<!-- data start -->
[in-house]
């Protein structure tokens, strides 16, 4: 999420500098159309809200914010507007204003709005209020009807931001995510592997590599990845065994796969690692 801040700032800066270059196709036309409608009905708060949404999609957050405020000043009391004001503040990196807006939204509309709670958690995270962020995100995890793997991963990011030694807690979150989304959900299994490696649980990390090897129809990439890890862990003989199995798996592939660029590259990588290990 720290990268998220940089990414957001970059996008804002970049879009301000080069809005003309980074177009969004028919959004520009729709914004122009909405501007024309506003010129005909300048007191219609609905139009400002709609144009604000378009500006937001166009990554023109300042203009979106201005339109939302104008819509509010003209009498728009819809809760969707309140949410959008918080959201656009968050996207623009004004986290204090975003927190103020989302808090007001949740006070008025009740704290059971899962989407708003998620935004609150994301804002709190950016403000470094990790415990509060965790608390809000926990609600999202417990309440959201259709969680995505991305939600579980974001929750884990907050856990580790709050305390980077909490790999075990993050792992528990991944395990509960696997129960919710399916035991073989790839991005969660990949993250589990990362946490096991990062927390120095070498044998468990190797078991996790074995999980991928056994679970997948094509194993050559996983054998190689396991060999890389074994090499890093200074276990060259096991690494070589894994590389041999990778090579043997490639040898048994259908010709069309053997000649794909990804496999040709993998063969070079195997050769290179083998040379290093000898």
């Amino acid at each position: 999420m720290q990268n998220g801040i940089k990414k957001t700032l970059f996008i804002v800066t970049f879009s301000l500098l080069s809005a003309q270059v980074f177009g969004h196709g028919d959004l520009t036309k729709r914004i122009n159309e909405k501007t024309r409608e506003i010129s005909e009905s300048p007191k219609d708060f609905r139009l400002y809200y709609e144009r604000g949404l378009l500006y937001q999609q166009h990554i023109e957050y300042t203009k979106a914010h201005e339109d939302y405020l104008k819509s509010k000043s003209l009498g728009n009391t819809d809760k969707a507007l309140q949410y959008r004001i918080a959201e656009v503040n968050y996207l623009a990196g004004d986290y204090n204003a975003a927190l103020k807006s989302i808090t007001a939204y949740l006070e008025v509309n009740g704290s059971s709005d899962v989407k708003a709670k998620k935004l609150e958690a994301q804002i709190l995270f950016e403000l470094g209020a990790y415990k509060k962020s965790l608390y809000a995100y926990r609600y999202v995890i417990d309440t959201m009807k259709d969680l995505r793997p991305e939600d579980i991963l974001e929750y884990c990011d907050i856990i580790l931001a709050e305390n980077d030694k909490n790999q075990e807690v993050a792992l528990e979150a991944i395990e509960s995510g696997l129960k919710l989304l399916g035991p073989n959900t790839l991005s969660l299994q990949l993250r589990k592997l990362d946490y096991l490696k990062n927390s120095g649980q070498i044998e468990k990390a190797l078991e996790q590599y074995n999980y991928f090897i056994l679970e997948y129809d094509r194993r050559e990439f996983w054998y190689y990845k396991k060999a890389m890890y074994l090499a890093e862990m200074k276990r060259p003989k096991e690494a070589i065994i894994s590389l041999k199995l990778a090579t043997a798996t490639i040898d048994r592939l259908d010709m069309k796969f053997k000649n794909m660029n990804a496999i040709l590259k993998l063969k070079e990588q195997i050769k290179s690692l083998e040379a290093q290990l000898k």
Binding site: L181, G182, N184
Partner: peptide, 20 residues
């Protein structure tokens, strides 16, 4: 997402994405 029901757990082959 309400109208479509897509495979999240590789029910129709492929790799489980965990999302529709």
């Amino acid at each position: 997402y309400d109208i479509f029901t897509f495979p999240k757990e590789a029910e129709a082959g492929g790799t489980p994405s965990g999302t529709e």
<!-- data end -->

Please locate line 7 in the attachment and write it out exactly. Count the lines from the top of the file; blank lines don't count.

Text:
């Amino acid at each position: 997402y309400d109208i479509f029901t897509f495979p999240k757990e590789a029910e129709a082959g492929g790799t489980p994405s965990g999302t529709e």